Student Research: Michael Box

, , 2000
Faculty Advisor:

Exposure to Particulate Matter Among Older Adults with Chronic Obstructive Pulmonary Disease: Relation Between Personal, Indoor, and Outdoor Concentrations


Recent research has indicated that changes in daily mortality have been correlated with daily PM10 and PM2.5 levels below the current 24 hour National Ambient Air Quality Standards (NAAQSs) for PM10 in the United States. As a result, new NAAQSs for PM2.5 were recommended. A question that remains however, is whether there is a relationship between personal exposures among high-risk subpopulations and particulate matter (PM) concentrations measured at a regional monitoring site.

This thesis is part of a comprehensive 3-year exposure assessment study that is examining the health effects of PM in individuals with chronic obtrusive pulmonary disease (COPD) and cardiovascular diseases, as well as healthy control subjects. The primary objective of this thesis was to determine the relationships between personal, indoor, outdoor, and regional monitoring site PM exposures among COPD subjects and healthy controls in the Seattle area. Seventeen COPD and seventeen healthy subjects living in private or group homes participated in the monitoring sessions in the fall of 1999 and winter of 2000. Personal, indoor, and outdoor PM10, PM2.5 and CO were monitored for 10 consecutive days for each subject. Harvard impactors (HI) were used for PM2.5 and PM10 measurements at indoor, outdoor and regional monitoring sites, while Harvard personal environmental monitors (HPEM) were used for personal PM2.5 monitoring. The secondary objective of this thesis was to determine the accuracy and precision of the HI and HPEM in a field setting.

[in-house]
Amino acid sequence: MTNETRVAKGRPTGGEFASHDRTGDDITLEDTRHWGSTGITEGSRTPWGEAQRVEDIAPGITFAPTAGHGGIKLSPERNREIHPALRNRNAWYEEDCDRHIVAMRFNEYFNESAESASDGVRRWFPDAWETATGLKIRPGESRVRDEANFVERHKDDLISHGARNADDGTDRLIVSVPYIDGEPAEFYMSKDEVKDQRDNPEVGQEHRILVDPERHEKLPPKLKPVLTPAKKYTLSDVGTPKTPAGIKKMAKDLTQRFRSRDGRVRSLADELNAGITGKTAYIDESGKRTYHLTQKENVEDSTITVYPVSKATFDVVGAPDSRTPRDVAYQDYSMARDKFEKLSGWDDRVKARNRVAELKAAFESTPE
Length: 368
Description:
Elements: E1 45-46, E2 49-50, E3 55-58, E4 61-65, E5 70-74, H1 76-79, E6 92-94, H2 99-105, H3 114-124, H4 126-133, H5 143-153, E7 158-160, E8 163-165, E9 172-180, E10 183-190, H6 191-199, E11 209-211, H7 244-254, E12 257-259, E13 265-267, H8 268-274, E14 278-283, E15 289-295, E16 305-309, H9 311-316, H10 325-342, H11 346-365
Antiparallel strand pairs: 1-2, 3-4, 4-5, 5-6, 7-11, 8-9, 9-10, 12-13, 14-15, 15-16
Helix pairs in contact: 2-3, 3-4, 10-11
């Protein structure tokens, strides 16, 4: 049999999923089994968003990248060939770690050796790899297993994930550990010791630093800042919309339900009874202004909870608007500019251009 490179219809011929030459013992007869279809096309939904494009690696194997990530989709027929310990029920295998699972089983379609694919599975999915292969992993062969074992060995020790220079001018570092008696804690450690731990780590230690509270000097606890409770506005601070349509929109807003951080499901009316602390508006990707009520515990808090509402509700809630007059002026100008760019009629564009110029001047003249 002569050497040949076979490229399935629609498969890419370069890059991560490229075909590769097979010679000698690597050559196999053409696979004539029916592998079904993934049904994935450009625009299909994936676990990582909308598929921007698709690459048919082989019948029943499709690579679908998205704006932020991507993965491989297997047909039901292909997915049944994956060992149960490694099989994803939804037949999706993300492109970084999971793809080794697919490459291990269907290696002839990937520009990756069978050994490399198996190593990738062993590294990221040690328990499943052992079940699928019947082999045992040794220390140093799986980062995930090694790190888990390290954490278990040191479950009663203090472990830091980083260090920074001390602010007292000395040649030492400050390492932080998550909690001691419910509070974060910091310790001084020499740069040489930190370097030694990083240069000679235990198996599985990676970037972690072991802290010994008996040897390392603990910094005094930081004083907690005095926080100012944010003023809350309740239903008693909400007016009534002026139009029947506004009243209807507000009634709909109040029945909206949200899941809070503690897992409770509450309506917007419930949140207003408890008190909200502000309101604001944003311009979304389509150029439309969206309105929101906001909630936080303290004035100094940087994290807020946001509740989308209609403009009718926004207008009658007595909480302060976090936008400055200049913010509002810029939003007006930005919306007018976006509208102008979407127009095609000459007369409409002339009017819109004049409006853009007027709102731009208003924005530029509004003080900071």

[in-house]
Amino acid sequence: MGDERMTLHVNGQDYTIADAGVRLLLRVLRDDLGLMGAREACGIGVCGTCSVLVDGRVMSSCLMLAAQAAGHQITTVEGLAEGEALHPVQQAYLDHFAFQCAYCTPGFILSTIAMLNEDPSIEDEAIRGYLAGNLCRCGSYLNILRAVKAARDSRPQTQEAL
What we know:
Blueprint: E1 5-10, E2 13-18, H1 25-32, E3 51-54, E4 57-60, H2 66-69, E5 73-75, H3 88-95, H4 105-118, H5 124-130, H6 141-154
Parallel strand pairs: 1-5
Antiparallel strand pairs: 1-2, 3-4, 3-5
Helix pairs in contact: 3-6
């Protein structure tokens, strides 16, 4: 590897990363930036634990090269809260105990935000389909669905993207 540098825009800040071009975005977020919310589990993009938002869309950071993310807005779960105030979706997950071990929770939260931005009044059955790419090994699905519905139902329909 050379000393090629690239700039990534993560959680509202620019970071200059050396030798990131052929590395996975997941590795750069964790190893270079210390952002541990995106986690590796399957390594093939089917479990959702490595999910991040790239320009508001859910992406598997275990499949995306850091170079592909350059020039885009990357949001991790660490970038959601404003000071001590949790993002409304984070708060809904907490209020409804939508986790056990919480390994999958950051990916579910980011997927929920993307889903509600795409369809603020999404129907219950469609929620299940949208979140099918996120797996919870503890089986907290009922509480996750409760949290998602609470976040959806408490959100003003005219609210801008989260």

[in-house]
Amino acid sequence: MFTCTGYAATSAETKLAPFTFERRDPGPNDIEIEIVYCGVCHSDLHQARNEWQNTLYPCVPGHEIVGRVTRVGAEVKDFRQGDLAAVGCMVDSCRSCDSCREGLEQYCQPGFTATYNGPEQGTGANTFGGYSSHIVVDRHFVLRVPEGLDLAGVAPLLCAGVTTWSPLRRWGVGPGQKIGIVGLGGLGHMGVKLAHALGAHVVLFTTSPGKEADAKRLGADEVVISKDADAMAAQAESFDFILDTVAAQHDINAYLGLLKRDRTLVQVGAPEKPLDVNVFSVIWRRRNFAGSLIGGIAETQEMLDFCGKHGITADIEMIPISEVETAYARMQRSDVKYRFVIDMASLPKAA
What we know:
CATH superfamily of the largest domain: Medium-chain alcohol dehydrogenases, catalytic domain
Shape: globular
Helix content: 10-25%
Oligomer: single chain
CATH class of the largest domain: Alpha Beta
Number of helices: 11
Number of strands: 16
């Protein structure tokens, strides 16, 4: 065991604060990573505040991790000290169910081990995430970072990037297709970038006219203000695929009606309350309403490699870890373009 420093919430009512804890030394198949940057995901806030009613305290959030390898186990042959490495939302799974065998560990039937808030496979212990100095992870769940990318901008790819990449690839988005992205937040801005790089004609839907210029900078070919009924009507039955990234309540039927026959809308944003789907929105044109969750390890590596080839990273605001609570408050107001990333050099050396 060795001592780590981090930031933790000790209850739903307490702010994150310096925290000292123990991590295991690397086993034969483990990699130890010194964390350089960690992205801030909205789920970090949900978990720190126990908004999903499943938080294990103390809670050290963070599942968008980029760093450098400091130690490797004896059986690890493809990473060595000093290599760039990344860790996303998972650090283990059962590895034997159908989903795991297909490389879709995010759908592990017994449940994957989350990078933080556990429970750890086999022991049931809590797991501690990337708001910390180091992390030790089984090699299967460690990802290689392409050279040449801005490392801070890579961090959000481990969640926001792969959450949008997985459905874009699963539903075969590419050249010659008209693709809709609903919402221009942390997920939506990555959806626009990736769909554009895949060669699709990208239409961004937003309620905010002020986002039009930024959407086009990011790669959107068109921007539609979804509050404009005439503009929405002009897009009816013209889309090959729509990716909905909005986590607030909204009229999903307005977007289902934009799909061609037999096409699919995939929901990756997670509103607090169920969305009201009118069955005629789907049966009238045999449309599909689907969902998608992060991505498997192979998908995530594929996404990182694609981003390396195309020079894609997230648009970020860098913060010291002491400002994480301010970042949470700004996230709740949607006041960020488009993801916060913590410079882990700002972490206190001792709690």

The HI2.5 was determined to be very accurate in a field setting when it was collocated with the Federal Reference Method (R2=0.98, slope=0.95, p<0.001, n=27). The coefficient of variation for duplicates of the HI2.5 was 5.1 percent. The average daily PM2.5 outside the individual home sites was significantly correlated with PM2.5 measured at the regional monitoring site on Beacon Hill (r=0.96, p<0.001). The indoor and outdoor levels of PM2.5 were also correlated (r=0.45, p<0.001). However, personal exposures to PM2.5 were poorly correlated with indoor PM2.5 (r=0.25, p=0.01) and PM2.5 measured at Beacon Hill (r=0.29, p=0.18). As a result of this study we have a better understanding of the relationships between personal, indoor, outdoor, and regional monitoring site PM concentrations.